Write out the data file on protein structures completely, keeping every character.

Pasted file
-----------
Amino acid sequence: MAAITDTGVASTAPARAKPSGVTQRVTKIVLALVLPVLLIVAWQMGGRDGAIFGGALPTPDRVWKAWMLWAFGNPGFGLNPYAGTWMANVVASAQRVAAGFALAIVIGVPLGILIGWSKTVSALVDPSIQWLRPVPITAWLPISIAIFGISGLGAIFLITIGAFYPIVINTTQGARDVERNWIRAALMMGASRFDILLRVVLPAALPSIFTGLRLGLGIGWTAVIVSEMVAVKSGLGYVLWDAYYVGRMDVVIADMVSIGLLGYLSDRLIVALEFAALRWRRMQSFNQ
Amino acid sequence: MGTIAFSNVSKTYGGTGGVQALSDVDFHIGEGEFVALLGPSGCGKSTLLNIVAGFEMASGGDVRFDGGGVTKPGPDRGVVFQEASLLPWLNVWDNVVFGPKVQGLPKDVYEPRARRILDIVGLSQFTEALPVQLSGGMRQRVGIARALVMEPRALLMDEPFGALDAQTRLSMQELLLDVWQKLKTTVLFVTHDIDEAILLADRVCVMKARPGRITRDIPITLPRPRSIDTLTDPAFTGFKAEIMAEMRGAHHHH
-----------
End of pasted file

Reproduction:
Amino acid sequence: MAAITDTGVASTAPARAKPSGVTQRVTKIVLALVLPVLLIVAWQMGGRDGAIFGGALPTPDRVWKAWMLWAFGNPGFGLNPYAGTWMANVVASAQRVAAGFALAIVIGVPLGILIGWSKTVSALVDPSIQWLRPVPITAWLPISIAIFGISGLGAIFLITIGAFYPIVINTTQGARDVERNWIRAALMMGASRFDILLRVVLPAALPSIFTGLRLGLGIGWTAVIVSEMVAVKSGLGYVLWDAYYVGRMDVVIADMVSIGLLGYLSDRLIVALEFAALRWRRMQSFNQ
Amino acid sequence: MGTIAFSNVSKTYGGTGGVQALSDVDFHIGEGEFVALLGPSGCGKSTLLNIVAGFEMASGGDVRFDGGGVTKPGPDRGVVFQEASLLPWLNVWDNVVFGPKVQGLPKDVYEPRARRILDIVGLSQFTEALPVQLSGGMRQRVGIARALVMEPRALLMDEPFGALDAQTRLSMQELLLDVWQKLKTTVLFVTHDIDEAILLADRVCVMKARPGRITRDIPITLPRPRSIDTLTDPAFTGFKAEIMAEMRGAHHHH